|Repointing a wall (per m2)
||£20 to £30
|Repointing one elevation of the house
||£1,000 to £1,500
||5 to 7 days
|Repointing semi-detached house
||£2,500 to £3,000
||12 to 15 days
You can break down the total cost for a typical repointing job as follows
||Materials & waste disposal
Other aspects of repointing you need to know
Although repointing a wall doesn’t require a great deal of skill, it has to be done properly or the new pointing won’t do what it is meant to do. The US Department of the Interior, provides a very useful webpage which, although aimed at the North American audience, will be equally as useful for the UK readers. It explains just about everything you need to know when repointing and covers both cement and lime mortar. It’s well worth a read.
Although this is definitely a task that needs to be done properly and by a professional, there are a few other things you need to know if you insist on repointing the wall yourself.
Always finish any repairs to the brickwork and sort out any structural problems before you start applying the new mortar. Apart from any protective finish such as paint or sealer, repointing should be the last job you do to the wall before removing the scaffolding.
Remember, old buildings need a different kind of pointing to modern houses because they weren’t constructed with a damp proof membrane. Lime mortar allows moisture to evaporate from the wall, unlike cement mortar. Ask your local authority for advice on the best type of mortar to use. Especially if you have a listed building.
Only do construction work involving cement or lime mortar when it isn’t raining or freezing. Rain will wash the lime out of the mix and extreme cold will cause ice crystals to form, damaging the mortar.
Do I need a permit and how much will it cost?
You probably won’t need any permits or planning permission to repair pointing, but it is wise to contact your local authority before you start in case there are any mortar specifications you must adhere to for your situations. This might occur if you have a listed building or live in a conservation area. It doesn’t cost anything to ask and you might save a lot of problems later on.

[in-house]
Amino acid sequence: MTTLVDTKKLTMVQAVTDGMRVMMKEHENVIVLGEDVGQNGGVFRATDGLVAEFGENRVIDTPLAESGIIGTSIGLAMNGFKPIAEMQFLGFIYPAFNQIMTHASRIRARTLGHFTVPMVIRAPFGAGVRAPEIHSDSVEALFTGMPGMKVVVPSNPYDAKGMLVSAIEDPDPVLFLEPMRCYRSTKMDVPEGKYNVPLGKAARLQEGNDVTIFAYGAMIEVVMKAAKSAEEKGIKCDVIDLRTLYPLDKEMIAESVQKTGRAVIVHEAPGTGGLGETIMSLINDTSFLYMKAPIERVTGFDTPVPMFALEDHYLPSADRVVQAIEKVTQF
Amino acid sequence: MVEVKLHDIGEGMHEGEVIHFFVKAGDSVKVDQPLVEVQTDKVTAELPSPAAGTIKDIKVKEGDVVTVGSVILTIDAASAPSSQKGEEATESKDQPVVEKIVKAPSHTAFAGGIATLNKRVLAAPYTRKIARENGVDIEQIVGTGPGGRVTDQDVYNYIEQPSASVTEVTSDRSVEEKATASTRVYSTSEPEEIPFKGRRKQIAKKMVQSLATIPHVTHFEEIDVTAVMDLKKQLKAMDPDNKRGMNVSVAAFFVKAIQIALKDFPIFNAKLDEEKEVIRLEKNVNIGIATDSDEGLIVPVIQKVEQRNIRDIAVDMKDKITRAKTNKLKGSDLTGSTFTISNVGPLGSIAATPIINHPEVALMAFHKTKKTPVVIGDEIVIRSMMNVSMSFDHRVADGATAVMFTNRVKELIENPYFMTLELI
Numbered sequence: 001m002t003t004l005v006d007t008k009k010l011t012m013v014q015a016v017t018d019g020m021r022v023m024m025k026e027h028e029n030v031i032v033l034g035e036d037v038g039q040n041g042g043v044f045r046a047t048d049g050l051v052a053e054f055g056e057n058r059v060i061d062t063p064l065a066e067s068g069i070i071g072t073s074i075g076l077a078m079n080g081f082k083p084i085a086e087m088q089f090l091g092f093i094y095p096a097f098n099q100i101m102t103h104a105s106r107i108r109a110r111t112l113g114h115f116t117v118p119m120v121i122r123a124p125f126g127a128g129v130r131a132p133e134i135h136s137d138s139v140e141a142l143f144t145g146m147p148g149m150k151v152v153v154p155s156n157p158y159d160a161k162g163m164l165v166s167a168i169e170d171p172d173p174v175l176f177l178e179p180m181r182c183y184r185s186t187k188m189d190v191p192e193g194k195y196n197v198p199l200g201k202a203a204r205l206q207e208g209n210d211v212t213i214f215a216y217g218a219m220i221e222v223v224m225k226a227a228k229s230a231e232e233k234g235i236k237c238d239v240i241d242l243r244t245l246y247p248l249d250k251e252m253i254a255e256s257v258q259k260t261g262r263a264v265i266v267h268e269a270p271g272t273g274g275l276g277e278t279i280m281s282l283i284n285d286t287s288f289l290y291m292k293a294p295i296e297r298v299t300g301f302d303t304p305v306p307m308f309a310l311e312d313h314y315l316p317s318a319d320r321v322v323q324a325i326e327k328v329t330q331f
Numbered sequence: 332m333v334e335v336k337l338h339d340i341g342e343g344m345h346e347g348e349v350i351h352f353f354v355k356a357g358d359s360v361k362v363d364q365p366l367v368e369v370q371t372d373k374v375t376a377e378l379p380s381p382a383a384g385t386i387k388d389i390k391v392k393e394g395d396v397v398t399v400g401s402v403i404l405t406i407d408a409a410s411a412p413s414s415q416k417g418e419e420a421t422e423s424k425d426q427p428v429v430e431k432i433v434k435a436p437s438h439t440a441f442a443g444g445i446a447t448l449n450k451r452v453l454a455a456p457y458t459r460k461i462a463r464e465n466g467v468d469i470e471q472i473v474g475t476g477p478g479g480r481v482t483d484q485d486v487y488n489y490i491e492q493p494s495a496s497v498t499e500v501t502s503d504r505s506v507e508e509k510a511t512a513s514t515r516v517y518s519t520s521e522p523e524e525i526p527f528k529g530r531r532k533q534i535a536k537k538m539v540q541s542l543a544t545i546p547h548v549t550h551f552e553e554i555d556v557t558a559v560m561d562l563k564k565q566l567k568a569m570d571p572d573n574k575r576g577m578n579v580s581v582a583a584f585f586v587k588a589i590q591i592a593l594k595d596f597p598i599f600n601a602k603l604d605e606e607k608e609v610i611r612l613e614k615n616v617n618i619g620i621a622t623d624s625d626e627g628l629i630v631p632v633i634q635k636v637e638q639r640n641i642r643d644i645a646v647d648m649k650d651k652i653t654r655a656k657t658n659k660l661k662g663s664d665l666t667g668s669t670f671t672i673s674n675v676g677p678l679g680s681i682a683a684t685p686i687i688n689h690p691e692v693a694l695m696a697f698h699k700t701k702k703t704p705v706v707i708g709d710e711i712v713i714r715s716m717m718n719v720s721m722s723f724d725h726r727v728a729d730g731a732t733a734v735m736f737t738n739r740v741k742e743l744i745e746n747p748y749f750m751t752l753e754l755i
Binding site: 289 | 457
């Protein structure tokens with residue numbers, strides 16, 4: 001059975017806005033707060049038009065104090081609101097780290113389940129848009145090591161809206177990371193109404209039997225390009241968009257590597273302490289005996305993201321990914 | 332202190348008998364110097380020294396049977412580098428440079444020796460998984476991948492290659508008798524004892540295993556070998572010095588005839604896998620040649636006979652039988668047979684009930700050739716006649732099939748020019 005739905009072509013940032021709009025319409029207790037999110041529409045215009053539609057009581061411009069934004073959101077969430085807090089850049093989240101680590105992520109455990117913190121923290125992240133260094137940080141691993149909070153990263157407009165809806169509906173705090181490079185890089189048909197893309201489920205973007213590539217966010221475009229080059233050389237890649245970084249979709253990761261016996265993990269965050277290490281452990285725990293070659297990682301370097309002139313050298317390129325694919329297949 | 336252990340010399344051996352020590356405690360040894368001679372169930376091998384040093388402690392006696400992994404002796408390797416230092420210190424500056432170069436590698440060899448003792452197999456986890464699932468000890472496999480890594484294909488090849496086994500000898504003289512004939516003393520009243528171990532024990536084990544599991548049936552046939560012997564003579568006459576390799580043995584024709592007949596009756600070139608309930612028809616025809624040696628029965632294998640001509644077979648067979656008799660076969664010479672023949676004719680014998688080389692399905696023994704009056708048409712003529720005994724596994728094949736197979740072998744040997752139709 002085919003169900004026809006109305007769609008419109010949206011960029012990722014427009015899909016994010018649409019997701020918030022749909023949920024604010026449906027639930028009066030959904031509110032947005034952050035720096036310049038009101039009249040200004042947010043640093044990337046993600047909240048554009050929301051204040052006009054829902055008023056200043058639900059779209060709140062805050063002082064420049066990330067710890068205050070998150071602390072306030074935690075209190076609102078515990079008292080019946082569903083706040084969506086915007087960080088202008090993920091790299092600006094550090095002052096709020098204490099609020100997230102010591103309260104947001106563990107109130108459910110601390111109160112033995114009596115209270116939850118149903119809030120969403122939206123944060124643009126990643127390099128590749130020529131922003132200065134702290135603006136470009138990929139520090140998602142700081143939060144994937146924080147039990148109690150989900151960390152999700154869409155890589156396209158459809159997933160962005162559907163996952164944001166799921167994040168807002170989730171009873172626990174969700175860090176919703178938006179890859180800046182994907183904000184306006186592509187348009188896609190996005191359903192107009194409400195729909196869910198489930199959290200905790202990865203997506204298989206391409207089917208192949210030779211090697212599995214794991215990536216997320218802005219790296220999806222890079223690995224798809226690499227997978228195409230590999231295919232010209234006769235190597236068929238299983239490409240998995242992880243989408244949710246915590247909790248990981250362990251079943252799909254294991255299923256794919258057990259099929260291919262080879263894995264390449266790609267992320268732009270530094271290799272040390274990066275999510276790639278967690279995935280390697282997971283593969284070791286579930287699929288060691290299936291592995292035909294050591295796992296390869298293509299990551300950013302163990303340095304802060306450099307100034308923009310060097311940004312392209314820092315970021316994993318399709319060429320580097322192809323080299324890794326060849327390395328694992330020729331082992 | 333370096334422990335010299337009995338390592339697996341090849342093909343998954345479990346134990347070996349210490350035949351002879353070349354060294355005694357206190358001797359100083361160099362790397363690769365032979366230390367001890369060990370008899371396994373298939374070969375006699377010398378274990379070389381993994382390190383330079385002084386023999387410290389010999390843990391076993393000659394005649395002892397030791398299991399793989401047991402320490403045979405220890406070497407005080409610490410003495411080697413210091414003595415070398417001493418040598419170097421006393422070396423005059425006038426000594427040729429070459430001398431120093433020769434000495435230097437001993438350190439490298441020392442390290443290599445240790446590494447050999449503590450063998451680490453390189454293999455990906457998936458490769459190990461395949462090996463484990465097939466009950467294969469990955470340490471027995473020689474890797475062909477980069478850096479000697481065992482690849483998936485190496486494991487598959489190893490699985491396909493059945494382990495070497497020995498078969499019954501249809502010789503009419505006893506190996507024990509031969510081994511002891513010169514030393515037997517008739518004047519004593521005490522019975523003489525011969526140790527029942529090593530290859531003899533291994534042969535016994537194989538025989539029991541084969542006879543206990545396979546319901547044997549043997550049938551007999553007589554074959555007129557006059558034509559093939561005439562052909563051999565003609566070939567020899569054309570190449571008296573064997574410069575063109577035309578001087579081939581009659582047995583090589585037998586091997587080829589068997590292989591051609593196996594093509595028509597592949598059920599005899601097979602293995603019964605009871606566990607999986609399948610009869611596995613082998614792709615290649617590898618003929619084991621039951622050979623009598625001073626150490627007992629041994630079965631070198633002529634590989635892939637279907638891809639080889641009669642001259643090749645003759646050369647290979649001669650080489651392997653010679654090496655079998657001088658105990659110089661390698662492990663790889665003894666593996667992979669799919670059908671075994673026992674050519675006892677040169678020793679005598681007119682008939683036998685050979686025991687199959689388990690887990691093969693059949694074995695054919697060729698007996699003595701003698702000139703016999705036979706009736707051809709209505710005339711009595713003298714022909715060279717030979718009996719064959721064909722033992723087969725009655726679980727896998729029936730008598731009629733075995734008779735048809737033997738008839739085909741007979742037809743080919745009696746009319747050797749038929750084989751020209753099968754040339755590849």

You will need to notify Building Control and comply with the Building Regulations if you do any structural repairs during the course of the repointing. You need to comply so you can be sure the house won’t collapse around you. The costs of Building Control permits vary depending on the type of inspection and which local authority you are with. Always consult them before starting. If you need structural work done, it is always better to hire a professional. Not only will they know what they are doing, but the Building Inspector will be happier that the work has been done properly.
Scaffolding standing on public or council-owned land will need a permit and warning signs. Contact your local authority for information, but the scaffolding company should include this service as part of their package.
Health, Safety and Environmental Considerations
Cement and lime are very caustic materials and will damage unprotected skin. Wear barrier cream, protective gloves and wash hands after handling wet mortar and before handling food.
Take care not to splash lime or cement in the eyes and do not inhale the dry powder. Use safety glasses and a dust mask.
Scaffolding on public land needs warning signs and lights to prevent accidents.
If you are using a ladder, ensure it is tied at the top and rests on level ground. Do not work from a ladder, always use a work platform.
Dispose of any waste products responsibly. Always use a registered skip hire company to dispose of your waste.
Is repointing a DIY or Professional’s job?
Repointing is a relatively simple task. As such, almost anyone can make an attempt, but to do a good job requires skill and experience. Gaps or air pockets left in the mortar will allow rain and frost to infiltrate the wall and cause damp and structural problems, later on. In addition to this, it needs an experienced eye to notice any structural defects that may only become obvious when the old mortar has been removed.
If structural issues or listed building consent needs the local authority involved, it is always advisable to hire a professional bricklayer or mason to do the job.
Q. How often should I repoint a wall?
A properly pointed wall can last for at least 50 years.
Q. What time of the year can I have repointing done?
Repoint a wall at any time of the year. In fact, as soon as you notice the old mortar starting to crumble, plan to have the work done as soon as possible. The only requirements are that it isn’t raining and the temperature isn’t below 4 degrees Celsius.
Q. Should I use lime or cement mortar?
This depends on the age of your property. Traditional buildings never had a damp proof membrane installed when they were built so need lime mortar to allow the moisture to evaporate. Lime mortar is also softer than cement and will accommodate slight movements in the walls structure without cracking. Hard cement mortar will trap moisture behind the pointing and cause damp problems over time.
Q. How do we choose a competent professional
A good best way to hire a competent bricklayer or stonemason is to ask for a personal recommendation by family or friends. An even better way is to use the tool on this website to ask for three different quotations for the work.
Whoever you ask to give a quote, read each one carefully and examine exactly what you are paying for. Pay particular attention to those that seem too low or too high, they may be omitting a vital task or including extras. Because of this, it is always worthwhile to never automatically choose the cheapest option.